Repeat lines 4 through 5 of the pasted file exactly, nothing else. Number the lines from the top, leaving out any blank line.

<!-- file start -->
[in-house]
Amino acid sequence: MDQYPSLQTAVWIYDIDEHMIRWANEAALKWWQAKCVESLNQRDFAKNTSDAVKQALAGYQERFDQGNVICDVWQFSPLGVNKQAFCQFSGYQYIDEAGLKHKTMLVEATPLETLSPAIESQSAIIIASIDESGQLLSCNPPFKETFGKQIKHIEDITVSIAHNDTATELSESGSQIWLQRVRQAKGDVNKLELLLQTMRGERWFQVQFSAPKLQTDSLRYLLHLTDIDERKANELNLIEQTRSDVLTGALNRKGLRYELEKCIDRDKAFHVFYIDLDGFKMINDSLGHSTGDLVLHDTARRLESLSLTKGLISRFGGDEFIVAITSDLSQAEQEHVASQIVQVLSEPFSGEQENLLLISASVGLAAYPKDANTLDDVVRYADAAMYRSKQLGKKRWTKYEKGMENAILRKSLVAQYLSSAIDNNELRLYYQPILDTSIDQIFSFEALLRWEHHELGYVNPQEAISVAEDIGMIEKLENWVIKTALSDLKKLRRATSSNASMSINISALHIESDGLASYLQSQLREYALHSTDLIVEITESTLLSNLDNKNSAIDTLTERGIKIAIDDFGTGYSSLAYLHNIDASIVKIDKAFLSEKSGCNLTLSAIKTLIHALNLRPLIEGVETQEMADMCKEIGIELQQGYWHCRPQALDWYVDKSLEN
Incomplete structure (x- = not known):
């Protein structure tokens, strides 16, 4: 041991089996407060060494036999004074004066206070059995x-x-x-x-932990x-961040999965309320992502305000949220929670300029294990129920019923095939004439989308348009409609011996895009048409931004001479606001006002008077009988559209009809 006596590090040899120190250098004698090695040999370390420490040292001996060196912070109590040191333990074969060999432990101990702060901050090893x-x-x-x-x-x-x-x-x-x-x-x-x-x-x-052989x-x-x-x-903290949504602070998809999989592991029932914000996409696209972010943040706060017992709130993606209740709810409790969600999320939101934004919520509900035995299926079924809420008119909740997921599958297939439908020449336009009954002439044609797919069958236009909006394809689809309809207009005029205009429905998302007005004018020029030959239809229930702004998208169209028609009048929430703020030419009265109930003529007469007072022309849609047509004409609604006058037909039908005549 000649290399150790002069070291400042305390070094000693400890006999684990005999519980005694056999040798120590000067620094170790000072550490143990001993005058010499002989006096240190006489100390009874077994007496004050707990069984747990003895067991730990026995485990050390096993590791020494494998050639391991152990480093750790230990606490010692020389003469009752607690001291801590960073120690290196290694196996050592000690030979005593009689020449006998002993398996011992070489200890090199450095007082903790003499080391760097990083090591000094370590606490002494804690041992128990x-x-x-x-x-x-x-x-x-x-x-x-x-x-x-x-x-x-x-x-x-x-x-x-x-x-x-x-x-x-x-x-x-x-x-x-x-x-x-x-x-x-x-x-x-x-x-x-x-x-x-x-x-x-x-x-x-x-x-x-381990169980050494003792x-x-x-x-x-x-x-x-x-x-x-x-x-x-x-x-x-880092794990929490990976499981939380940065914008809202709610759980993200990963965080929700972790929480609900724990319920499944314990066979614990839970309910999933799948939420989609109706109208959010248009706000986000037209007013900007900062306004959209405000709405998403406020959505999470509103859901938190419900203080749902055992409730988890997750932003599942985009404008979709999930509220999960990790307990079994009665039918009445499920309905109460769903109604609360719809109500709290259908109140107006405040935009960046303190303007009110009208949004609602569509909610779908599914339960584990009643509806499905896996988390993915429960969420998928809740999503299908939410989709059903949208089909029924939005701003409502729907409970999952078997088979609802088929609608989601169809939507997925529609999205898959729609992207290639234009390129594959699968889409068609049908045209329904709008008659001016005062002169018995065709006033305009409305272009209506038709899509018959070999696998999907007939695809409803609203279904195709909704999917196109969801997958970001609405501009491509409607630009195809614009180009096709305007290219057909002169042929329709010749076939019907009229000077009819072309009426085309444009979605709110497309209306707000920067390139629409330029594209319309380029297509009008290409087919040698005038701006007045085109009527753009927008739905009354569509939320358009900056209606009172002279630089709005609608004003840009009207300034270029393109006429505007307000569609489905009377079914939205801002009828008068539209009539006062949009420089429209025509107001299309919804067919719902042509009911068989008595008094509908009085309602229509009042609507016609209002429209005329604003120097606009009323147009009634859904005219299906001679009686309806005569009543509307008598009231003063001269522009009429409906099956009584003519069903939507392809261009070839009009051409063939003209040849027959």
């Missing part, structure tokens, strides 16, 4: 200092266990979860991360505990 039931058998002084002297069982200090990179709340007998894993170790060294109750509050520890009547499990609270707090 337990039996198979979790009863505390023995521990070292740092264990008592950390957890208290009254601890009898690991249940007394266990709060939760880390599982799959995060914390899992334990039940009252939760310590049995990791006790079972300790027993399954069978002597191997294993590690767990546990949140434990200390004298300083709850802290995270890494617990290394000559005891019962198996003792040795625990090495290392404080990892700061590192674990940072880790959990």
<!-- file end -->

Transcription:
């Protein structure tokens, strides 16, 4: 041991089996407060060494036999004074004066206070059995x-x-x-x-932990x-961040999965309320992502305000949220929670300029294990129920019923095939004439989308348009409609011996895009048409931004001479606001006002008077009988559209009809 006596590090040899120190250098004698090695040999370390420490040292001996060196912070109590040191333990074969060999432990101990702060901050090893x-x-x-x-x-x-x-x-x-x-x-x-x-x-x-052989x-x-x-x-903290949504602070998809999989592991029932914000996409696209972010943040706060017992709130993606209740709810409790969600999320939101934004919520509900035995299926079924809420008119909740997921599958297939439908020449336009009954002439044609797919069958236009909006394809689809309809207009005029205009429905998302007005004018020029030959239809229930702004998208169209028609009048929430703020030419009265109930003529007469007072022309849609047509004409609604006058037909039908005549 000649290399150790002069070291400042305390070094000693400890006999684990005999519980005694056999040798120590000067620094170790000072550490143990001993005058010499002989006096240190006489100390009874077994007496004050707990069984747990003895067991730990026995485990050390096993590791020494494998050639391991152990480093750790230990606490010692020389003469009752607690001291801590960073120690290196290694196996050592000690030979005593009689020449006998002993398996011992070489200890090199450095007082903790003499080391760097990083090591000094370590606490002494804690041992128990x-x-x-x-x-x-x-x-x-x-x-x-x-x-x-x-x-x-x-x-x-x-x-x-x-x-x-x-x-x-x-x-x-x-x-x-x-x-x-x-x-x-x-x-x-x-x-x-x-x-x-x-x-x-x-x-x-x-x-x-381990169980050494003792x-x-x-x-x-x-x-x-x-x-x-x-x-x-x-x-x-880092794990929490990976499981939380940065914008809202709610759980993200990963965080929700972790929480609900724990319920499944314990066979614990839970309910999933799948939420989609109706109208959010248009706000986000037209007013900007900062306004959209405000709405998403406020959505999470509103859901938190419900203080749902055992409730988890997750932003599942985009404008979709999930509220999960990790307990079994009665039918009445499920309905109460769903109604609360719809109500709290259908109140107006405040935009960046303190303007009110009208949004609602569509909610779908599914339960584990009643509806499905896996988390993915429960969420998928809740999503299908939410989709059903949208089909029924939005701003409502729907409970999952078997088979609802088929609608989601169809939507997925529609999205898959729609992207290639234009390129594959699968889409068609049908045209329904709008008659001016005062002169018995065709006033305009409305272009209506038709899509018959070999696998999907007939695809409803609203279904195709909704999917196109969801997958970001609405501009491509409607630009195809614009180009096709305007290219057909002169042929329709010749076939019907009229000077009819072309009426085309444009979605709110497309209306707000920067390139629409330029594209319309380029297509009008290409087919040698005038701006007045085109009527753009927008739905009354569509939320358009900056209606009172002279630089709005609608004003840009009207300034270029393109006429505007307000569609489905009377079914939205801002009828008068539209009539006062949009420089429209025509107001299309919804067919719902042509009911068989008595008094509908009085309602229509009042609507016609209002429209005329604003120097606009009323147009009634859904005219299906001679009686309806005569009543509307008598009231003063001269522009009429409906099956009584003519069903939507392809261009070839009009051409063939003209040849027959």
């Missing part, structure tokens, strides 16, 4: 200092266990979860991360505990 039931058998002084002297069982200090990179709340007998894993170790060294109750509050520890009547499990609270707090 337990039996198979979790009863505390023995521990070292740092264990008592950390957890208290009254601890009898690991249940007394266990709060939760880390599982799959995060914390899992334990039940009252939760310590049995990791006790079972300790027993399954069978002597191997294993590690767990546990949140434990200390004298300083709850802290995270890494617990290394000559005891019962198996003792040795625990090495290392404080990892700061590192674990940072880790959990």